Whiplash injuries are an expensive and painful problem in the US. Experts estimate that we spend $29 billion per year in treating the pain and disability that can result from a rear-end collision.
Whiplash injury occurs when your torso moves in one direction while your head moves in another direction. This can put hundreds of pounds of force on the delicate ligaments of your neck.
The key to good head restraint positioning is to eliminate or reduce the amount of space that your head can move. By doing that, it reduces the strain put on your neck. Your head restraint needs to be placed so that the back of your head is level with the middle of the restraint, and your seat needs to be positioned so that your head is very close. You want to have a maximum of 2.5 inches between your head and the restraint.
While car crashes are often out of your control, you can properly adjust your head restraint to reduce the chance of neck injury during a rear-end collision.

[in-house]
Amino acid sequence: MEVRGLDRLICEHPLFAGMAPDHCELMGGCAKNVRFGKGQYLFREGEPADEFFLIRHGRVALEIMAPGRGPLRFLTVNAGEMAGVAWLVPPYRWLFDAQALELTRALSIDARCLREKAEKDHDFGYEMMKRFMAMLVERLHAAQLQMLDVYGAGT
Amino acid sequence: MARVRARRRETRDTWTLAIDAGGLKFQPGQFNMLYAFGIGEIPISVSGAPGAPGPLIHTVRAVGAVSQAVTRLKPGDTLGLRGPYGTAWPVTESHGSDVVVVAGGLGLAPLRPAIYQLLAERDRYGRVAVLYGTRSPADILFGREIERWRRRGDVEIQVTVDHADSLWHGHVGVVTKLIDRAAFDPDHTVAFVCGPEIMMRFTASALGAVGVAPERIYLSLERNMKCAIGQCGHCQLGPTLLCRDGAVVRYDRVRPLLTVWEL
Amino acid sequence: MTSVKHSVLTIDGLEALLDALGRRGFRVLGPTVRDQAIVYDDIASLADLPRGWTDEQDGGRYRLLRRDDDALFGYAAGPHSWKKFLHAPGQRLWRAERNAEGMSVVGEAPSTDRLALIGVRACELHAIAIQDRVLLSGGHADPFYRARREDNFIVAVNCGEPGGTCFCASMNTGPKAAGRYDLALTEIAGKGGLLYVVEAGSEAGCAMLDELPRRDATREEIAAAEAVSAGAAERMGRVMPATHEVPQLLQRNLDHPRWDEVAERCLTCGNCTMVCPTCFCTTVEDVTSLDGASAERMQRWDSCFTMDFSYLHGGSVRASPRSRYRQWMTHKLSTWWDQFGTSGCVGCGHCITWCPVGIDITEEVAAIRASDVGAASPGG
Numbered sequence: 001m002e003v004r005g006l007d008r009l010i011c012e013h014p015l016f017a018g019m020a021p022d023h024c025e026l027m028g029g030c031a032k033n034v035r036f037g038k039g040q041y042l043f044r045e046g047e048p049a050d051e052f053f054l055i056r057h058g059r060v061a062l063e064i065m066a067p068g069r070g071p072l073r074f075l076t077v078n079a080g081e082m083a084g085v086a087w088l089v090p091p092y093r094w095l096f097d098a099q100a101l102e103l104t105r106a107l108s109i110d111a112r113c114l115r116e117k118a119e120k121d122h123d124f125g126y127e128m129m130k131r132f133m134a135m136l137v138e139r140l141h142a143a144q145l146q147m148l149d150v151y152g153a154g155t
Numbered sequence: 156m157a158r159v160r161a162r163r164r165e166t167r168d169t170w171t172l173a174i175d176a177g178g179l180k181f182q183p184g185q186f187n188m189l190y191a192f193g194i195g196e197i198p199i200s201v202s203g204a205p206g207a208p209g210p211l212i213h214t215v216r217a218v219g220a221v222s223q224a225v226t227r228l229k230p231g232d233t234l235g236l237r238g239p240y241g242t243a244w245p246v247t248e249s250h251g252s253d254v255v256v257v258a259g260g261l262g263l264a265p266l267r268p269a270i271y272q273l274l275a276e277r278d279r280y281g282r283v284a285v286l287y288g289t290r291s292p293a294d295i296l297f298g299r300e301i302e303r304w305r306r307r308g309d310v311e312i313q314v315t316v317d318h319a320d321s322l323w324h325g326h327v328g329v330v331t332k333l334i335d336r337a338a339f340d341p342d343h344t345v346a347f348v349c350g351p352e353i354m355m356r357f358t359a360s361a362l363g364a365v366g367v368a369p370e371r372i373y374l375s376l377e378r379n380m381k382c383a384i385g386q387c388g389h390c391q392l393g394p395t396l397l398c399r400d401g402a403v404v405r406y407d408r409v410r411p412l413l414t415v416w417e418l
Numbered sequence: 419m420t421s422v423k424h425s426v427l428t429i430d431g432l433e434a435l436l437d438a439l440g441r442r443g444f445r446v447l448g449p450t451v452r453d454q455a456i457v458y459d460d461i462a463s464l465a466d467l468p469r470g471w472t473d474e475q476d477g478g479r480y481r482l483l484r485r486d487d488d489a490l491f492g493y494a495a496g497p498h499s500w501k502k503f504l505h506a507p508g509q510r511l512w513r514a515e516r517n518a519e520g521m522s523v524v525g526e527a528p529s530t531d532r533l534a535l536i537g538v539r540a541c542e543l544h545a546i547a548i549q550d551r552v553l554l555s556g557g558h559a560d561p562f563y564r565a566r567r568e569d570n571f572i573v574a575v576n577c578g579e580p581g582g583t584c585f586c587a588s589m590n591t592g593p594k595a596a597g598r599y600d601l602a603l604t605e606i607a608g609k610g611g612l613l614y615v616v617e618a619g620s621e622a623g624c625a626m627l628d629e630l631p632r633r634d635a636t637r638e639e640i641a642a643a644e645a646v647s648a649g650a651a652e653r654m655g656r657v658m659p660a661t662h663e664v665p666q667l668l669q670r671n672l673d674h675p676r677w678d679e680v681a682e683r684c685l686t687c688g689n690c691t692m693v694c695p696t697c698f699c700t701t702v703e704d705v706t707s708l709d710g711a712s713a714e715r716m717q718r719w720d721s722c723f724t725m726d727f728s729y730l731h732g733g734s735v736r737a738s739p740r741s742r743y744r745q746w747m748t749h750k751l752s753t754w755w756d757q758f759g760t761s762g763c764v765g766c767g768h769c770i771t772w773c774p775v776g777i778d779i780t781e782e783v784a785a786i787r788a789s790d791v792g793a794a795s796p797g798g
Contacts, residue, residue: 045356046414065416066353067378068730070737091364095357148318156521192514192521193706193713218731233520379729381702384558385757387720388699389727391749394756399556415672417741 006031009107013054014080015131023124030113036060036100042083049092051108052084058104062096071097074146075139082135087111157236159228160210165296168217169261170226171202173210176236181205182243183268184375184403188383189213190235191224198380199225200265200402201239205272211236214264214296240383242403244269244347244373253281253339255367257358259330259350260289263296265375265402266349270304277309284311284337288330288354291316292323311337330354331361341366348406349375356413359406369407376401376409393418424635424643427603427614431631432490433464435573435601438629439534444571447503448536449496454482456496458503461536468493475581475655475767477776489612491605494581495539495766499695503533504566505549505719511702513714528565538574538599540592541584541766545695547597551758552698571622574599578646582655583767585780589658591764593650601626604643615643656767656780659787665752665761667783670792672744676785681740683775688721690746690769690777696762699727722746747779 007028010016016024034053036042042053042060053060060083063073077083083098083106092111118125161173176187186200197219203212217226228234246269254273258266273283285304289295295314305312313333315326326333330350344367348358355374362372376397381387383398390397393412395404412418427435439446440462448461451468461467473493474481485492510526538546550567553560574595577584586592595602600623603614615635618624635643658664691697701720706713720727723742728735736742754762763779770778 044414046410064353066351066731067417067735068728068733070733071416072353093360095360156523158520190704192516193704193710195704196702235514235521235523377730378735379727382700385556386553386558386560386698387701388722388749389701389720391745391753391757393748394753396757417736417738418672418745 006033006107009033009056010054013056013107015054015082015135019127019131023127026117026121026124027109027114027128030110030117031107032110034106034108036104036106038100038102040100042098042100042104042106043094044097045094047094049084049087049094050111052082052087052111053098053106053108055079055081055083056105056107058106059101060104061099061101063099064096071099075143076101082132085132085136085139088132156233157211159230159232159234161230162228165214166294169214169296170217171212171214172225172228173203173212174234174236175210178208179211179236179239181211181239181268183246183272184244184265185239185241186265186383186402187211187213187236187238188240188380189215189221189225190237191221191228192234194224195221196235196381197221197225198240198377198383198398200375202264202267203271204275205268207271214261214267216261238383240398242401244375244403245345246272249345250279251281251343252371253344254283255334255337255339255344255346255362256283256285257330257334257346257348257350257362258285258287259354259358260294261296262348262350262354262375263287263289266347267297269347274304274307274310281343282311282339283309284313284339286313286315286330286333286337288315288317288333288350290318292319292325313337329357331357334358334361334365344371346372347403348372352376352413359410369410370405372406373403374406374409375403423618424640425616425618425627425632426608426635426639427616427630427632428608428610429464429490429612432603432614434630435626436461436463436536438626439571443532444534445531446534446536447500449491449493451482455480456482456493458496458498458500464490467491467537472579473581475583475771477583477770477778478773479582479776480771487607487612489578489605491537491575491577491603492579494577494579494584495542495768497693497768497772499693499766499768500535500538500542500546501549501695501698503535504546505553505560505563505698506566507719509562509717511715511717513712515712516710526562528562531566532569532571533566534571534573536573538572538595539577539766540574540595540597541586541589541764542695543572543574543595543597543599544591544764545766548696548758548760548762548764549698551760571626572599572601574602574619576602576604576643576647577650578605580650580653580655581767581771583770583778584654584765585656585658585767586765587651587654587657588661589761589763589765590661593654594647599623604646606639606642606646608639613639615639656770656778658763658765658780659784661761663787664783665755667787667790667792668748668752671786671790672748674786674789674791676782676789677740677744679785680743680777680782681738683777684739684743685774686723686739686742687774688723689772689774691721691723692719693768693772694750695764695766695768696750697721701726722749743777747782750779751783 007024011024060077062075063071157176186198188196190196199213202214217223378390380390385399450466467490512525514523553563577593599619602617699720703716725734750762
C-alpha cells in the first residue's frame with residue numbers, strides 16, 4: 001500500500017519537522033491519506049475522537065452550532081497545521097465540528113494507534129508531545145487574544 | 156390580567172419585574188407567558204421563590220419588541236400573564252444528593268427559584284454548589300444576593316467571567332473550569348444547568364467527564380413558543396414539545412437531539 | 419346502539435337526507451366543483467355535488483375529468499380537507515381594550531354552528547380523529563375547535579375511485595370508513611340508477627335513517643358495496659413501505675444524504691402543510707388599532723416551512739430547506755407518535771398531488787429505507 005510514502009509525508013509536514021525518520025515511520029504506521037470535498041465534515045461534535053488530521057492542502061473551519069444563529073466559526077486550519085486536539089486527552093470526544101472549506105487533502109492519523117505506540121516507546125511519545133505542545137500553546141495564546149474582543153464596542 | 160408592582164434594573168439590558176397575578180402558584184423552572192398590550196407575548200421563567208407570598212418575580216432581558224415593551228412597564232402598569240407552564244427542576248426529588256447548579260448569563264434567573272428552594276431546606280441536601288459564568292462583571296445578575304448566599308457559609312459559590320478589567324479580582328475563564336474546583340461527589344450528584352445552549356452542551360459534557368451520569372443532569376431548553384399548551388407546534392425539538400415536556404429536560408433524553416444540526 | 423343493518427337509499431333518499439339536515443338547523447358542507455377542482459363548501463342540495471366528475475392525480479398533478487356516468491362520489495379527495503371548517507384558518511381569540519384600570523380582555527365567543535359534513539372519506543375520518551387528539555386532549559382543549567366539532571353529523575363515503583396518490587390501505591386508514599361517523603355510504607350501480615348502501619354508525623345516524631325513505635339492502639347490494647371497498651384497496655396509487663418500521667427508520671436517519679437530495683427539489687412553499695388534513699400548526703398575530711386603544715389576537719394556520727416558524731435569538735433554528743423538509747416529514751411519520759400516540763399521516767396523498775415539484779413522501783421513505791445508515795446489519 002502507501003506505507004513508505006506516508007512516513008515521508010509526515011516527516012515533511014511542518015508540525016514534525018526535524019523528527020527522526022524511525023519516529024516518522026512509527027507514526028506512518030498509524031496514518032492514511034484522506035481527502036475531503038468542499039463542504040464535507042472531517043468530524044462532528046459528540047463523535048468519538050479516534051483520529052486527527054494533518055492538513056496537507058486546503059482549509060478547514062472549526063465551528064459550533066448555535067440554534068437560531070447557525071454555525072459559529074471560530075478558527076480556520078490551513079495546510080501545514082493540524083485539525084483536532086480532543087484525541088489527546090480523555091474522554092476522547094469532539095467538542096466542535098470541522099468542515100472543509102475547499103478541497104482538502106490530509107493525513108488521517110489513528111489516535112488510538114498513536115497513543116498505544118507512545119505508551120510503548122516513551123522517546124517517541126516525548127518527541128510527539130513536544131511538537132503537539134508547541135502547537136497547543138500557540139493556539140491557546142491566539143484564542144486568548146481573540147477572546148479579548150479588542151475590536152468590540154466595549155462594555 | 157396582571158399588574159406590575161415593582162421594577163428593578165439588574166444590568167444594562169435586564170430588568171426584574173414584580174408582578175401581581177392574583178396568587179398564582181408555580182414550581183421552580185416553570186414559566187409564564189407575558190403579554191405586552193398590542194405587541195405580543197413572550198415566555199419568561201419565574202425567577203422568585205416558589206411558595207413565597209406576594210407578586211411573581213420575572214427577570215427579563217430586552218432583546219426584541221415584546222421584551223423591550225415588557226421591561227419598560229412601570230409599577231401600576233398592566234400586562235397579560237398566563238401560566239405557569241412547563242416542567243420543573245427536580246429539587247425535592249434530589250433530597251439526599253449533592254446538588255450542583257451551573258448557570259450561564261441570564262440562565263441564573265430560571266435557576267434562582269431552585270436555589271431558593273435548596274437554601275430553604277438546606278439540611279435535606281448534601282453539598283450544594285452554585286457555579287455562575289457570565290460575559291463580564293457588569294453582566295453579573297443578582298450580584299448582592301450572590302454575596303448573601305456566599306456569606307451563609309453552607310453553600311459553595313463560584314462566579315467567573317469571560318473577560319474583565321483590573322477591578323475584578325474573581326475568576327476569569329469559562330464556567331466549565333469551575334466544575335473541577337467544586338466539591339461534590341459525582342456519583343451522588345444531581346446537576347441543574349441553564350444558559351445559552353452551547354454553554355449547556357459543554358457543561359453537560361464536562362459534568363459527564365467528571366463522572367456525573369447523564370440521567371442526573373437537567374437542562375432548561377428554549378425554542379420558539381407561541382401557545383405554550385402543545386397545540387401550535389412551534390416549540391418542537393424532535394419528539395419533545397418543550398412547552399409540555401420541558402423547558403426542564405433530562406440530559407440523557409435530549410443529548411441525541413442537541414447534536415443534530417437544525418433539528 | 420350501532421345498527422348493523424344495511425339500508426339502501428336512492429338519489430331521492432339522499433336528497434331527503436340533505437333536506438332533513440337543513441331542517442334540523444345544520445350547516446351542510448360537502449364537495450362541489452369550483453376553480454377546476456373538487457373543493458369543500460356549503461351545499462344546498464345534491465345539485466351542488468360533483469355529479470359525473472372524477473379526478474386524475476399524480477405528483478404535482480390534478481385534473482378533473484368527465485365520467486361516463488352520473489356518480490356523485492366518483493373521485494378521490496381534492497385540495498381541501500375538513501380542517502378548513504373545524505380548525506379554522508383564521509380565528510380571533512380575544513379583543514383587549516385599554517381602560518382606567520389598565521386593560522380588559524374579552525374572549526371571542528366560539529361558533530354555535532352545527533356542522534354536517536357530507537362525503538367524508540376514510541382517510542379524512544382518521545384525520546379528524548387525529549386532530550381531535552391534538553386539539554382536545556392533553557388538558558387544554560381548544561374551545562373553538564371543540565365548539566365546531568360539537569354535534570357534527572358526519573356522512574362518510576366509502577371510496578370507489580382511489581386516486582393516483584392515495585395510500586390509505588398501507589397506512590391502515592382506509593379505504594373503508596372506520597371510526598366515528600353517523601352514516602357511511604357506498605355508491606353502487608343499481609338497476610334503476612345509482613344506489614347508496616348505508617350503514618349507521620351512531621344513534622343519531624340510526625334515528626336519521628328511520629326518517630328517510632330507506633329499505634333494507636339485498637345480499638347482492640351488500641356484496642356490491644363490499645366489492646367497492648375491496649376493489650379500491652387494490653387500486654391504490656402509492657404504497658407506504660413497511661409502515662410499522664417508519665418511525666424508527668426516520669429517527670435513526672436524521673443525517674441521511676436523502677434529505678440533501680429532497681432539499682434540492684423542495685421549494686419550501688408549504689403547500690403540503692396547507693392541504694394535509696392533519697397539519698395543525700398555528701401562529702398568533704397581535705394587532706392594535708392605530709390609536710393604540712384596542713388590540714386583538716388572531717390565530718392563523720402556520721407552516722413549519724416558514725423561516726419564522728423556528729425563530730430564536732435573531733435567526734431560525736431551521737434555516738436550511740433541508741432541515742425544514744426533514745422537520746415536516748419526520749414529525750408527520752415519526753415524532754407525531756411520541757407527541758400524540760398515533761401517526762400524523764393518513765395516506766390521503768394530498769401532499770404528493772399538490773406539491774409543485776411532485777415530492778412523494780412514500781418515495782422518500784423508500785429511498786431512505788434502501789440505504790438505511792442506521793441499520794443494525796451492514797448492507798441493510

If you’ve already been injured in a crash, it’s important to get treatment right away. Research suggests that chiropractors can provide effective treatments for many patients with whiplash-associated disorders.
Freeman MD, et al. A review and methodologic critique of the literature refuting whiplash syndrome. Spine 1999; 24 (1): 86-96.
Prevent Injury, Adjust your Headrest. CAA South Central Ontario. http://www.caasco.com/insurance/auto-vehicle-insurance/adjust-your-headrest.jsp.
How to Adjust Your Head Restraint. The Royal Society for the Prevention of Accidents. http://www.rospa.com/roadsafety/info/adjust_head_restraints.pdf.